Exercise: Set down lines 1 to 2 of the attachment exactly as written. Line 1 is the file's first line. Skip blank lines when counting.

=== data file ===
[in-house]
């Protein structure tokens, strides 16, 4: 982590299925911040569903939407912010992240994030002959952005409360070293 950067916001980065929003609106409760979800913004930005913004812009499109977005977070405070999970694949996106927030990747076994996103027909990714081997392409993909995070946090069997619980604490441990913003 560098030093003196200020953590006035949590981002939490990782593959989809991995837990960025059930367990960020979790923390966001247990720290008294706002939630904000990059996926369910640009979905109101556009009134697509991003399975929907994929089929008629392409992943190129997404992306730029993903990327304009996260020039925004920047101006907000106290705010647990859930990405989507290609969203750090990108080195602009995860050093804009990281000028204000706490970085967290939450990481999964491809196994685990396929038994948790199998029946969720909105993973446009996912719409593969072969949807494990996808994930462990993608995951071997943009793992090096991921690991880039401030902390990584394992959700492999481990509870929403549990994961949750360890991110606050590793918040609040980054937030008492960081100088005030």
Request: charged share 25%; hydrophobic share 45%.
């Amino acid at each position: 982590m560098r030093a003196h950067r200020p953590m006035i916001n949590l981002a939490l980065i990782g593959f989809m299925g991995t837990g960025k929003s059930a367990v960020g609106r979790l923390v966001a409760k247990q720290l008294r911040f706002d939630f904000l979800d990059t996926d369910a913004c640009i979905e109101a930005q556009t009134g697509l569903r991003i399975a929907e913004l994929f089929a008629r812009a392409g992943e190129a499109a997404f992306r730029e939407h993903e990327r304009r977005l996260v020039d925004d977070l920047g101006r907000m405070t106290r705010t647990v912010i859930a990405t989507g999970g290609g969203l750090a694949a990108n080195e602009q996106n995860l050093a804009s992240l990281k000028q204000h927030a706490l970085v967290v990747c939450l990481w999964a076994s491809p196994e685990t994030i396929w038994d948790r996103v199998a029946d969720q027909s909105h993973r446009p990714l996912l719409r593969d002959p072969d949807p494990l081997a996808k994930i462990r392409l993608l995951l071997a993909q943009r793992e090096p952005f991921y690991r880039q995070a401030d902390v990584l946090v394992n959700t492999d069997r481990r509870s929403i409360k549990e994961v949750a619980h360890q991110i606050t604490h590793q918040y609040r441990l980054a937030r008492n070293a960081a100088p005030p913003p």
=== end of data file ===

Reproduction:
[in-house]
């Protein structure tokens, strides 16, 4: 982590299925911040569903939407912010992240994030002959952005409360070293 950067916001980065929003609106409760979800913004930005913004812009499109977005977070405070999970694949996106927030990747076994996103027909990714081997392409993909995070946090069997619980604490441990913003 560098030093003196200020953590006035949590981002939490990782593959989809991995837990960025059930367990960020979790923390966001247990720290008294706002939630904000990059996926369910640009979905109101556009009134697509991003399975929907994929089929008629392409992943190129997404992306730029993903990327304009996260020039925004920047101006907000106290705010647990859930990405989507290609969203750090990108080195602009995860050093804009990281000028204000706490970085967290939450990481999964491809196994685990396929038994948790199998029946969720909105993973446009996912719409593969072969949807494990996808994930462990993608995951071997943009793992090096991921690991880039401030902390990584394992959700492999481990509870929403549990994961949750360890991110606050590793918040609040980054937030008492960081100088005030």